Entrepreneurs often ask me, “Why am I not getting any clients?” or “Why isn’t this happening for me?” And certainly we all ask such questions occasionally, whether as business owners or in other areas of our lives when what we’re trying to bring about or create just doesn’t seem to be coming together for us.
While there may be many reasons that something isn’t happening the way we’d hope or envisioned it, one common cause is that we really haven’t envisioned it at all — we’ve simply thought about it in an abstract or intellectual way. And if we’ve not really envisioned it with any sense of wholeness, clarity or power, then we haven’t truly committed to creating, so the focus of our creation lacks force and is subject to deterioration in the face of challenges, anxieties, or other responsibilities. A half-hearted, partial-focus effort yields a like-quality result.
In contrast, if we want to bring something about — an organizational vision, attracting a certain quality of client or project, a writing or art project, a collaborative effort, or any number of other endeavors or outcomes — we might remember that a whole-hearted effort will bring about a fuller, richer, truer result.
Six steps for power-visioning:
Decide. Consider the example of a newly self-employed individual who is frustrated that nothing seems to be happening with his business — few or no clients, meager revenues, no clear next steps. Upon closer reflection, it becomes clear that the new entrepreneur is scattering his focus and energy on several competing outcomes. For example, he talks about two possible directions for his business, while continuing to seek full-time employment and complain that none of those efforts are proving fruitful. He hasn’t committed to being a business owner, much less the creator and shepherd of an enterprise envisioned to be and do a specific thing. Your lesson? Decide not just that you’ll do something, but decide what it is, exactly, that you’re doing.
Commit. Deciding is an intellectual act, albeit a potentially powerful one that helps you to determine the points of your focus. But actually committing to something, well, that’s moving in to a deeper level of involvement and creativity. By committing to a particular endeavor or direction, we agree to see something through and we bring (or attract) resources to bear to help make it happen. Such resources may include our focus, time, energy, money, supplies, or our willingness to persevere or reach out for help. And it’s a lot easier to truly commit to something when it’s something that has true meaning to us (rather than being a goal that we feel someone else expects of us, or wants us to do).
Envision. You’ve said, “Okay, this is the direction I’m committed to taking; this is what I want to create and bring into being.” And yet even now, the process may be wholly intellectual for you. It may be just an idea in your mind, so to speak, and not at all in your body, heart and soul. Creativity is a mind-body-soul activity; it’s an all-out, throw-yourself-into-it kind of thing. Once you’ve decided and committed to a thing, breathe it in. See it, hear it, feel it getting done. Engage all of your senses, and plumb the depths of your imagination. Experience it in your body and spirit, as well as in your mind. Give substance to your envisioning, by creating a collage or drawing or some other physical anchors or reminders of that which you have committed to bringing about.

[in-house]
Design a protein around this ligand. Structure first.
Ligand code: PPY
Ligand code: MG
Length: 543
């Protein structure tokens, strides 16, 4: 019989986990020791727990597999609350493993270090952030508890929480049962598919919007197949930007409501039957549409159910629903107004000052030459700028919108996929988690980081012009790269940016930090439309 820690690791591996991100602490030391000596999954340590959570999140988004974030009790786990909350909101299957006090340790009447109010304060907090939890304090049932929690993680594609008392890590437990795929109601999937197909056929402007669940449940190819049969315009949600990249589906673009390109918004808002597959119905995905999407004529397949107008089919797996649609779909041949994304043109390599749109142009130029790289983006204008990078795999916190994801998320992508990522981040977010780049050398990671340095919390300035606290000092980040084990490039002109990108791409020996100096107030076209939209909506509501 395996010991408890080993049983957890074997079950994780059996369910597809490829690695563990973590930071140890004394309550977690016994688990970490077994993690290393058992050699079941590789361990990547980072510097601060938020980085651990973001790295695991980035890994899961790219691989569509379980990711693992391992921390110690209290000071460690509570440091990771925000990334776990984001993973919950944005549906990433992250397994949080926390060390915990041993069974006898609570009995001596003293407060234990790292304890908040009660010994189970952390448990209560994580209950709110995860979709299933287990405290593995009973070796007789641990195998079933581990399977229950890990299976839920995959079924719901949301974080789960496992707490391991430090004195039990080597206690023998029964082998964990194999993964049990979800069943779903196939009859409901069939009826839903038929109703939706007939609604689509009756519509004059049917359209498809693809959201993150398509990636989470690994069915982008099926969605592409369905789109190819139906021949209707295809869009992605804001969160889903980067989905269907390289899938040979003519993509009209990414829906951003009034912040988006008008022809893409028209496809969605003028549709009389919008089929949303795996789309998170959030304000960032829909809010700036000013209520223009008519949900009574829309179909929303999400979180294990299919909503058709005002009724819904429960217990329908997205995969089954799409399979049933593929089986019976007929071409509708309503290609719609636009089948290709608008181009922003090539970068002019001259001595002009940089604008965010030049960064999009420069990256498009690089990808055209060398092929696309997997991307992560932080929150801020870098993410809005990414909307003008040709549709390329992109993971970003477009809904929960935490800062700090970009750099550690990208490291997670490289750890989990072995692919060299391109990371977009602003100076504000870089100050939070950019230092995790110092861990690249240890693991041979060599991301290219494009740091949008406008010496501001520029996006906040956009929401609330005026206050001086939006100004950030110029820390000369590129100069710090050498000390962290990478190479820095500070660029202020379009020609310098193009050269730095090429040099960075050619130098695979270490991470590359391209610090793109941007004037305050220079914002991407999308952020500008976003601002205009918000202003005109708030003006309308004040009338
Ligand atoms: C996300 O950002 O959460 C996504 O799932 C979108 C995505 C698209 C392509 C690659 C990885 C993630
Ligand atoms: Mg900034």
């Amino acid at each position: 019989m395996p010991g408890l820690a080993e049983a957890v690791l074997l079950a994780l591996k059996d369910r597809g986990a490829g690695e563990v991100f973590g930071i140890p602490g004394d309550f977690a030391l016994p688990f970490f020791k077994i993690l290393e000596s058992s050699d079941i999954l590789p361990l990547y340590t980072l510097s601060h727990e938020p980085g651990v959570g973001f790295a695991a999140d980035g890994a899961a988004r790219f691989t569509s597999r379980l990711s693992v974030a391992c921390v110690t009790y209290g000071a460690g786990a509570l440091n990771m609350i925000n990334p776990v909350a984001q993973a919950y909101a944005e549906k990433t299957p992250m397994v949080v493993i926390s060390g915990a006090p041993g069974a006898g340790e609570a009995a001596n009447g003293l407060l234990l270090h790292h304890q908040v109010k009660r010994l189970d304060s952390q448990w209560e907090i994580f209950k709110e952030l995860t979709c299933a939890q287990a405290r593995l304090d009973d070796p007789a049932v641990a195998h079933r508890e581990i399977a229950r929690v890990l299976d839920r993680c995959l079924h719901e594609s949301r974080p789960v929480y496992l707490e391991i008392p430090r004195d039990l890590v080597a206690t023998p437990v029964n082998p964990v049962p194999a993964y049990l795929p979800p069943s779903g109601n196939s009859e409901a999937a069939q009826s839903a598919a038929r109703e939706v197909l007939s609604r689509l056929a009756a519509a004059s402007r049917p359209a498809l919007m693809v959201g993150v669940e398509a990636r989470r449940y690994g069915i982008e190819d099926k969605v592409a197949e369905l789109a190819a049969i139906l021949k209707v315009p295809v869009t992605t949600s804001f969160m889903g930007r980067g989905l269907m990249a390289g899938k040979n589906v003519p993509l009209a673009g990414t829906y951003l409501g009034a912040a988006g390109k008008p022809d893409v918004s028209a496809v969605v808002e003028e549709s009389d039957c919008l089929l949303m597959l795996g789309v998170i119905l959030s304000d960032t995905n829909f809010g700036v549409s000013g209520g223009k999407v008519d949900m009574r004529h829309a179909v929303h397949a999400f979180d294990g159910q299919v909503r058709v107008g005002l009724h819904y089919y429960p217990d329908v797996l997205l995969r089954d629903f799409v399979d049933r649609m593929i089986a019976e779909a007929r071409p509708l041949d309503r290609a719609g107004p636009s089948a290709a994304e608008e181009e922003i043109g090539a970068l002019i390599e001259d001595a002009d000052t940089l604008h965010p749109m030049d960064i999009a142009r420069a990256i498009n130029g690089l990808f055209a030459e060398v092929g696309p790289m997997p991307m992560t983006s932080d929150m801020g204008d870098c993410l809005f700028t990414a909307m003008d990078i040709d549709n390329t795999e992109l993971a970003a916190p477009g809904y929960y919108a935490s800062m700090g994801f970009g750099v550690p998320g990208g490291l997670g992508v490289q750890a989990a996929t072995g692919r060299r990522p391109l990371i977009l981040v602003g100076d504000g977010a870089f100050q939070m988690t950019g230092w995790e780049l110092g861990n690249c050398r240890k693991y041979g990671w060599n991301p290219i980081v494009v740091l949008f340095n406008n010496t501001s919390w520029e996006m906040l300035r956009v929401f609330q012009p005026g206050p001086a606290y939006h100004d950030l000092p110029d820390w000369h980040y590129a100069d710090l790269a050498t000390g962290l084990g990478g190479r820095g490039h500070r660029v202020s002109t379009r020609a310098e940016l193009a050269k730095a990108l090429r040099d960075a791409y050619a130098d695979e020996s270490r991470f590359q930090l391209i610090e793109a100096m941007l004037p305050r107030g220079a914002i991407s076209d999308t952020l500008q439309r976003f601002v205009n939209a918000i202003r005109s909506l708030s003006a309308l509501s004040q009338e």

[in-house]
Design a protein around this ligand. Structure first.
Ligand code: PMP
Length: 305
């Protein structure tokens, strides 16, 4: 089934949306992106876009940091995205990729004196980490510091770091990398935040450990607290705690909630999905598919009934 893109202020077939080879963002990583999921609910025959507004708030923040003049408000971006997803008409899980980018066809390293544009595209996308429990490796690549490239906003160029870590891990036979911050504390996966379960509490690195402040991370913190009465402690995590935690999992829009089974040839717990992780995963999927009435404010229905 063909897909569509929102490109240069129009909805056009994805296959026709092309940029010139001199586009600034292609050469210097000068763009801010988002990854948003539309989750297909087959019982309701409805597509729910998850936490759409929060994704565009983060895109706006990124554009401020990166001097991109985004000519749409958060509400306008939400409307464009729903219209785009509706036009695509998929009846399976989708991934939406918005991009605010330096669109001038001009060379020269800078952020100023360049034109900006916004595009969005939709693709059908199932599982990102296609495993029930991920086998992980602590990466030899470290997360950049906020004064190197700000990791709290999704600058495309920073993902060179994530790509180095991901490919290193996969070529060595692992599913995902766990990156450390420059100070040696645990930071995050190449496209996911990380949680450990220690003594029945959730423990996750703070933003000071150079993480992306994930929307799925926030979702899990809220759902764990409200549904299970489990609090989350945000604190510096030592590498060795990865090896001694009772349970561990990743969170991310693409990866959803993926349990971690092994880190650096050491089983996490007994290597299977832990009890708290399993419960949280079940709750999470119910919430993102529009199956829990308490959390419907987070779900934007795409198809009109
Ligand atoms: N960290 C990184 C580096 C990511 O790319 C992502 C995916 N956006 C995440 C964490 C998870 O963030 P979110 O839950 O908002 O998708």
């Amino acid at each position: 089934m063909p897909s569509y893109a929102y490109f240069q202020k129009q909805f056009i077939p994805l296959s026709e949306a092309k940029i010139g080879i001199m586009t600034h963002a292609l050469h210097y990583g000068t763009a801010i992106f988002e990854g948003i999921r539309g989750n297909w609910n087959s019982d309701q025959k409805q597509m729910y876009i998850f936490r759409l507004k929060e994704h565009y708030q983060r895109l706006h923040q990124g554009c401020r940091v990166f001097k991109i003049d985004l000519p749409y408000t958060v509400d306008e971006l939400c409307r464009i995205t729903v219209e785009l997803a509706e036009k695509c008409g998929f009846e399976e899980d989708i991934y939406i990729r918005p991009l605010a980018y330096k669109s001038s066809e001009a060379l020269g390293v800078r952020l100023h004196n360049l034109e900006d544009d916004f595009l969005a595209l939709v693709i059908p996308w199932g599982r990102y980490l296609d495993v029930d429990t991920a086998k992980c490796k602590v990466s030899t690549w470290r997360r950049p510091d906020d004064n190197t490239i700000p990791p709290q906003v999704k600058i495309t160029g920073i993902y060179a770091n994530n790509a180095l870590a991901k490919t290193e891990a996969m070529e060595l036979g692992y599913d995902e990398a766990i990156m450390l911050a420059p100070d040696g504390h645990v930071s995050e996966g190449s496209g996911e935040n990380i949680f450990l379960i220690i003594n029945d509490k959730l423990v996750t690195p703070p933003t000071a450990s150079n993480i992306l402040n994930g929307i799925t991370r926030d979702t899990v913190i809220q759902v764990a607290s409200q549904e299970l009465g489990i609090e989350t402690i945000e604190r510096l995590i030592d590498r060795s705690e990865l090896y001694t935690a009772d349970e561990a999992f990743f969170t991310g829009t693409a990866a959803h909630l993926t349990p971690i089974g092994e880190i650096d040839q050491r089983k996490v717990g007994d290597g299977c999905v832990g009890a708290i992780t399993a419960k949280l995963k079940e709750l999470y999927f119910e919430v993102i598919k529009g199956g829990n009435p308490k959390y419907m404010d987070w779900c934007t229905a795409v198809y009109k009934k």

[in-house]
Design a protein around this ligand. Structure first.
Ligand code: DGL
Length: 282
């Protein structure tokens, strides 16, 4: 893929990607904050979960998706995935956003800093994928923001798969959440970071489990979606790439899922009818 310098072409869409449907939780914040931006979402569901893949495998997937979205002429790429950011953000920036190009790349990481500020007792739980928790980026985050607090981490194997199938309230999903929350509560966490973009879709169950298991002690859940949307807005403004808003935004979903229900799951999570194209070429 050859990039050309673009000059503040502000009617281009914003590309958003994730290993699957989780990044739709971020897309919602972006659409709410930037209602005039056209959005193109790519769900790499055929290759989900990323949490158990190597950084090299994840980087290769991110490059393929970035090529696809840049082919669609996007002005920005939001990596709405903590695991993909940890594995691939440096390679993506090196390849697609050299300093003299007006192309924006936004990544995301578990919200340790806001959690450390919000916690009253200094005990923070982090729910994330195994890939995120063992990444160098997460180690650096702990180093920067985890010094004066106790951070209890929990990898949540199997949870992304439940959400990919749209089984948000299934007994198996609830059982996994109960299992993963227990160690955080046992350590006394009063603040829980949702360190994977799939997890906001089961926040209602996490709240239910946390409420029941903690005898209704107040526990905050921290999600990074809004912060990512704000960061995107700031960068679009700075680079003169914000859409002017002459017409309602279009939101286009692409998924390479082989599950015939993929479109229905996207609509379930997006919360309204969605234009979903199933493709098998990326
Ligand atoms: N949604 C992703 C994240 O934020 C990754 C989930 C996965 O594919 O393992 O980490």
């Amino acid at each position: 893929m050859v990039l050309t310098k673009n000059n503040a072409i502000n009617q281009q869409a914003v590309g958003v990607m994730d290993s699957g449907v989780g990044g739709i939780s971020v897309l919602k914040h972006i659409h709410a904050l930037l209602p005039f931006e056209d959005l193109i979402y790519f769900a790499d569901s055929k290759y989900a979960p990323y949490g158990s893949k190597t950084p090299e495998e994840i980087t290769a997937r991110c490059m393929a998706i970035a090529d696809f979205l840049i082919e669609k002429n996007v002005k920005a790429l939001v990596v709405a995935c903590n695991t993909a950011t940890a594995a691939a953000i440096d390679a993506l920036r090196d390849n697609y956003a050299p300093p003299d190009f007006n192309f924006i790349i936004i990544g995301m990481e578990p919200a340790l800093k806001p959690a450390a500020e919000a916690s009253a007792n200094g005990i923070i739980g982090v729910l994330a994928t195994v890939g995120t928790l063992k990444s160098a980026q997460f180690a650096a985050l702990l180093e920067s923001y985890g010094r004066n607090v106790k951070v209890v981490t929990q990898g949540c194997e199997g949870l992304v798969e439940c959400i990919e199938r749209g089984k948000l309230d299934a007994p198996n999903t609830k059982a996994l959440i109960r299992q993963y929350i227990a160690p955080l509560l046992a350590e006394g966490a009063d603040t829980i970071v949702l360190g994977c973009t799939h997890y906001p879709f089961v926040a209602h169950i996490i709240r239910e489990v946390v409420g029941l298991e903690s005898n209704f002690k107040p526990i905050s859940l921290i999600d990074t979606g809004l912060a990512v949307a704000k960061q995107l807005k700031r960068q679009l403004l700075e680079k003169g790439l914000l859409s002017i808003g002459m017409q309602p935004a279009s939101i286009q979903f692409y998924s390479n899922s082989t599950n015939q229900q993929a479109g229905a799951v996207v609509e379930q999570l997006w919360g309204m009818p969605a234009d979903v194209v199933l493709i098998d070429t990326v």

Feel as if it’s done. Just as a cherry tops an ice-cream sundae, and icing and candles finish off a birthday cake, feeling something as done helps to move the power-vision process closer to completion. As you envision what you’re wanting to bring about, imagine it being done … created … alive. Feel what it feels like, in your body as well as your mind, and remember that feeling.
Expect evidence. When we know something is going to happen, we look for signs that it’s on its way. If we expect a visitor, we may look out the window in the expectation that a car will pull into the driveway. If we’ve ordered a book or are expecting to receive payment for a project, we look in the mailbox with a sense of anticipation. When we want to create something, and we’ve committed and engaged in the creation process, then we begin to look for evidence that the resources and next steps will present themselves today, or this week.
Engage. As we reconnect with our vision of creativity, and look at the visual reminders we’ve posted for ourselves from our visioning, and connect again with the feeling of creating and accomplishing, we begin to see resources, pathways, allies, and next steps emerge before us (if we’re expecting and watching for evidence). Of course, we could ignore them, and thus not complete the creation process. Or we can watch for the evidence, take note of it when it comes — an opportunity here, a request there, an unexpected referral or offer of help — and then do our part of the co-creation process by taking the right action, and propelling the creative process along.
Truly, the process of creating — whether we’re creating a business or nonprofit enterprise, writing a book, starting a group, or undertaking another sort of creative project — is fluid, more like a dancing and meandering stream than a linear, man-made pipeline. But we have a far greater potential for bringing about the results we desire if we’ve truly decided, committed, envisioned, felt it as done, expected and looked for the evidence, and engaged with the creative process to take our right action.
This article was originally featured at Ivy Sea Online and is reprinted with permission.